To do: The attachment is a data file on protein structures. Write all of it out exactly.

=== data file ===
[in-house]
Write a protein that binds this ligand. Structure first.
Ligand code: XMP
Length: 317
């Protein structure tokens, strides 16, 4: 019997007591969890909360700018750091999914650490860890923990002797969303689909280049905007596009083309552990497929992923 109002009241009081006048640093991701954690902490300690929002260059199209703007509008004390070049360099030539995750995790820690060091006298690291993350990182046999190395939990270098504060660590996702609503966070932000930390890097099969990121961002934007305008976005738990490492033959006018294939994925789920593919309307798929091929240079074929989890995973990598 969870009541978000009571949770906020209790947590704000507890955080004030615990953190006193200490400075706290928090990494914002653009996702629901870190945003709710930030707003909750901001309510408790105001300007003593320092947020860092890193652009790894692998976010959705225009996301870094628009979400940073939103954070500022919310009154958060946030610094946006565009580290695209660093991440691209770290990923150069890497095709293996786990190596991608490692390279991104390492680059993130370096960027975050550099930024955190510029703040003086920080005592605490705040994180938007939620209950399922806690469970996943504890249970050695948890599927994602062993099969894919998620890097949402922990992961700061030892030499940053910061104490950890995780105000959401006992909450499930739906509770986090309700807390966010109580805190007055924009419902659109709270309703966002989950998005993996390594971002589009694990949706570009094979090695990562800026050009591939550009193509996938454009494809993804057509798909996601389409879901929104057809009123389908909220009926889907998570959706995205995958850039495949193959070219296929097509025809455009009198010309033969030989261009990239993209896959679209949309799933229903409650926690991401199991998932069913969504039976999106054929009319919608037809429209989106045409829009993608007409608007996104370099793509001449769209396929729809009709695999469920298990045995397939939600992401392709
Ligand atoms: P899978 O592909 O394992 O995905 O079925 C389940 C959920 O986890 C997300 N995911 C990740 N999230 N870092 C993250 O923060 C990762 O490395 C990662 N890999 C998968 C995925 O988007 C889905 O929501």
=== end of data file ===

[in-house]
Write a protein that binds this ligand. Structure first.
Ligand code: XMP
Length: 317
């Protein structure tokens, strides 16, 4: 019997007591969890909360700018750091999914650490860890923990002797969303689909280049905007596009083309552990497929992923 109002009241009081006048640093991701954690902490300690929002260059199209703007509008004390070049360099030539995750995790820690060091006298690291993350990182046999190395939990270098504060660590996702609503966070932000930390890097099969990121961002934007305008976005738990490492033959006018294939994925789920593919309307798929091929240079074929989890995973990598 969870009541978000009571949770906020209790947590704000507890955080004030615990953190006193200490400075706290928090990494914002653009996702629901870190945003709710930030707003909750901001309510408790105001300007003593320092947020860092890193652009790894692998976010959705225009996301870094628009979400940073939103954070500022919310009154958060946030610094946006565009580290695209660093991440691209770290990923150069890497095709293996786990190596991608490692390279991104390492680059993130370096960027975050550099930024955190510029703040003086920080005592605490705040994180938007939620209950399922806690469970996943504890249970050695948890599927994602062993099969894919998620890097949402922990992961700061030892030499940053910061104490950890995780105000959401006992909450499930739906509770986090309700807390966010109580805190007055924009419902659109709270309703966002989950998005993996390594971002589009694990949706570009094979090695990562800026050009591939550009193509996938454009494809993804057509798909996601389409879901929104057809009123389908909220009926889907998570959706995205995958850039495949193959070219296929097509025809455009009198010309033969030989261009990239993209896959679209949309799933229903409650926690991401199991998932069913969504039976999106054929009319919608037809429209989106045409829009993608007409608007996104370099793509001449769209396929729809009709695999469920298990045995397939939600992401392709
Ligand atoms: P899978 O592909 O394992 O995905 O079925 C389940 C959920 O986890 C997300 N995911 C990740 N999230 N870092 C993250 O923060 C990762 O490395 C990662 N890999 C998968 C995925 O988007 C889905 O929501």